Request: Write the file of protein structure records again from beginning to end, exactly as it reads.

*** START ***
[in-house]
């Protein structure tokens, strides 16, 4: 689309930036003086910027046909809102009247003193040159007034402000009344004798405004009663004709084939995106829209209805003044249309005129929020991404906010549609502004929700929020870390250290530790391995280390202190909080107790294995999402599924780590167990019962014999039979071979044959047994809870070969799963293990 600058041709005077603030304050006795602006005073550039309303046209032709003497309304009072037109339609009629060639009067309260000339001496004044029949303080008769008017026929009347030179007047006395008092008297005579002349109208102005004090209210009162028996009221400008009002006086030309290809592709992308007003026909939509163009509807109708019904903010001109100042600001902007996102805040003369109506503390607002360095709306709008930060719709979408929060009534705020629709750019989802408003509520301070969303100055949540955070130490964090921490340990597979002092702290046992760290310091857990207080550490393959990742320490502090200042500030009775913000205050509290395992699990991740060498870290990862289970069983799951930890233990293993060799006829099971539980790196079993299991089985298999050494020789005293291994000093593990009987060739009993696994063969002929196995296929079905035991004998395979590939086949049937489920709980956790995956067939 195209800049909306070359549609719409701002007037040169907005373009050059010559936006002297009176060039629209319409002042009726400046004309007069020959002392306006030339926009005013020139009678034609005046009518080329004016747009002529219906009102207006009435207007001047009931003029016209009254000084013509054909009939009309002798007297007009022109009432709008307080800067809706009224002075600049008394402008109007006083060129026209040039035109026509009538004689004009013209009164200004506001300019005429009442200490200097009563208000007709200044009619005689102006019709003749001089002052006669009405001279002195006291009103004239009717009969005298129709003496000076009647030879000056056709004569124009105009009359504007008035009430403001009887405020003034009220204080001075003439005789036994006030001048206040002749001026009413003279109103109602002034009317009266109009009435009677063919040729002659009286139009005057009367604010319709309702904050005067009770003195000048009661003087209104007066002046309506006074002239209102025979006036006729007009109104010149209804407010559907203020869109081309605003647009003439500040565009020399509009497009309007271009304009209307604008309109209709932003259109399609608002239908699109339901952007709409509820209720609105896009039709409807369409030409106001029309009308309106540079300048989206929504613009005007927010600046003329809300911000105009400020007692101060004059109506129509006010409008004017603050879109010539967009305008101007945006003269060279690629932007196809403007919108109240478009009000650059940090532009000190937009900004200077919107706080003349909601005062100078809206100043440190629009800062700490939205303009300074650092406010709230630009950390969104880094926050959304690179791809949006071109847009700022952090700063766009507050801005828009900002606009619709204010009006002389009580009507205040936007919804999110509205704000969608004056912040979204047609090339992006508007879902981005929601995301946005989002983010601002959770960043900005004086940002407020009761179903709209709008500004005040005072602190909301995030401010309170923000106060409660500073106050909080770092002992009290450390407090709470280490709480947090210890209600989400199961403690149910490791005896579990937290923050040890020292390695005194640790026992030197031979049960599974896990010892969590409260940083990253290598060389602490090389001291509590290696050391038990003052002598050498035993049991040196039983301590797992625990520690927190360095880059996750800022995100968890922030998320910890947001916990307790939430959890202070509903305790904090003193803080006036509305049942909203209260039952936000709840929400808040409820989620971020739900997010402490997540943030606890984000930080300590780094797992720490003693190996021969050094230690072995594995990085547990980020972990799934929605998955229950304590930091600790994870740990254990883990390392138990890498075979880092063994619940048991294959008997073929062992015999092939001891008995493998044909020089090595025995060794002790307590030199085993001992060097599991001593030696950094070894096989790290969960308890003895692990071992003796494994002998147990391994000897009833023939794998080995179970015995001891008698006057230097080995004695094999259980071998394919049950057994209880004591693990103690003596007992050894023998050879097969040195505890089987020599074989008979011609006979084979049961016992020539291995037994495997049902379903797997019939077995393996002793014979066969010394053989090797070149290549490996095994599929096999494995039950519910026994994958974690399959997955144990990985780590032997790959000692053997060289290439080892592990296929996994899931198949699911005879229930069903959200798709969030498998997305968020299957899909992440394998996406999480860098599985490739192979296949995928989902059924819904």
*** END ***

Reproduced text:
[in-house]
């Protein structure tokens, strides 16, 4: 689309930036003086910027046909809102009247003193040159007034402000009344004798405004009663004709084939995106829209209805003044249309005129929020991404906010549609502004929700929020870390250290530790391995280390202190909080107790294995999402599924780590167990019962014999039979071979044959047994809870070969799963293990 600058041709005077603030304050006795602006005073550039309303046209032709003497309304009072037109339609009629060639009067309260000339001496004044029949303080008769008017026929009347030179007047006395008092008297005579002349109208102005004090209210009162028996009221400008009002006086030309290809592709992308007003026909939509163009509807109708019904903010001109100042600001902007996102805040003369109506503390607002360095709306709008930060719709979408929060009534705020629709750019989802408003509520301070969303100055949540955070130490964090921490340990597979002092702290046992760290310091857990207080550490393959990742320490502090200042500030009775913000205050509290395992699990991740060498870290990862289970069983799951930890233990293993060799006829099971539980790196079993299991089985298999050494020789005293291994000093593990009987060739009993696994063969002929196995296929079905035991004998395979590939086949049937489920709980956790995956067939 195209800049909306070359549609719409701002007037040169907005373009050059010559936006002297009176060039629209319409002042009726400046004309007069020959002392306006030339926009005013020139009678034609005046009518080329004016747009002529219906009102207006009435207007001047009931003029016209009254000084013509054909009939009309002798007297007009022109009432709008307080800067809706009224002075600049008394402008109007006083060129026209040039035109026509009538004689004009013209009164200004506001300019005429009442200490200097009563208000007709200044009619005689102006019709003749001089002052006669009405001279002195006291009103004239009717009969005298129709003496000076009647030879000056056709004569124009105009009359504007008035009430403001009887405020003034009220204080001075003439005789036994006030001048206040002749001026009413003279109103109602002034009317009266109009009435009677063919040729002659009286139009005057009367604010319709309702904050005067009770003195000048009661003087209104007066002046309506006074002239209102025979006036006729007009109104010149209804407010559907203020869109081309605003647009003439500040565009020399509009497009309007271009304009209307604008309109209709932003259109399609608002239908699109339901952007709409509820209720609105896009039709409807369409030409106001029309009308309106540079300048989206929504613009005007927010600046003329809300911000105009400020007692101060004059109506129509006010409008004017603050879109010539967009305008101007945006003269060279690629932007196809403007919108109240478009009000650059940090532009000190937009900004200077919107706080003349909601005062100078809206100043440190629009800062700490939205303009300074650092406010709230630009950390969104880094926050959304690179791809949006071109847009700022952090700063766009507050801005828009900002606009619709204010009006002389009580009507205040936007919804999110509205704000969608004056912040979204047609090339992006508007879902981005929601995301946005989002983010601002959770960043900005004086940002407020009761179903709209709008500004005040005072602190909301995030401010309170923000106060409660500073106050909080770092002992009290450390407090709470280490709480947090210890209600989400199961403690149910490791005896579990937290923050040890020292390695005194640790026992030197031979049960599974896990010892969590409260940083990253290598060389602490090389001291509590290696050391038990003052002598050498035993049991040196039983301590797992625990520690927190360095880059996750800022995100968890922030998320910890947001916990307790939430959890202070509903305790904090003193803080006036509305049942909203209260039952936000709840929400808040409820989620971020739900997010402490997540943030606890984000930080300590780094797992720490003693190996021969050094230690072995594995990085547990980020972990799934929605998955229950304590930091600790994870740990254990883990390392138990890498075979880092063994619940048991294959008997073929062992015999092939001891008995493998044909020089090595025995060794002790307590030199085993001992060097599991001593030696950094070894096989790290969960308890003895692990071992003796494994002998147990391994000897009833023939794998080995179970015995001891008698006057230097080995004695094999259980071998394919049950057994209880004591693990103690003596007992050894023998050879097969040195505890089987020599074989008979011609006979084979049961016992020539291995037994495997049902379903797997019939077995393996002793014979066969010394053989090797070149290549490996095994599929096999494995039950519910026994994958974690399959997955144990990985780590032997790959000692053997060289290439080892592990296929996994899931198949699911005879229930069903959200798709969030498998997305968020299957899909992440394998996406999480860098599985490739192979296949995928989902059924819904």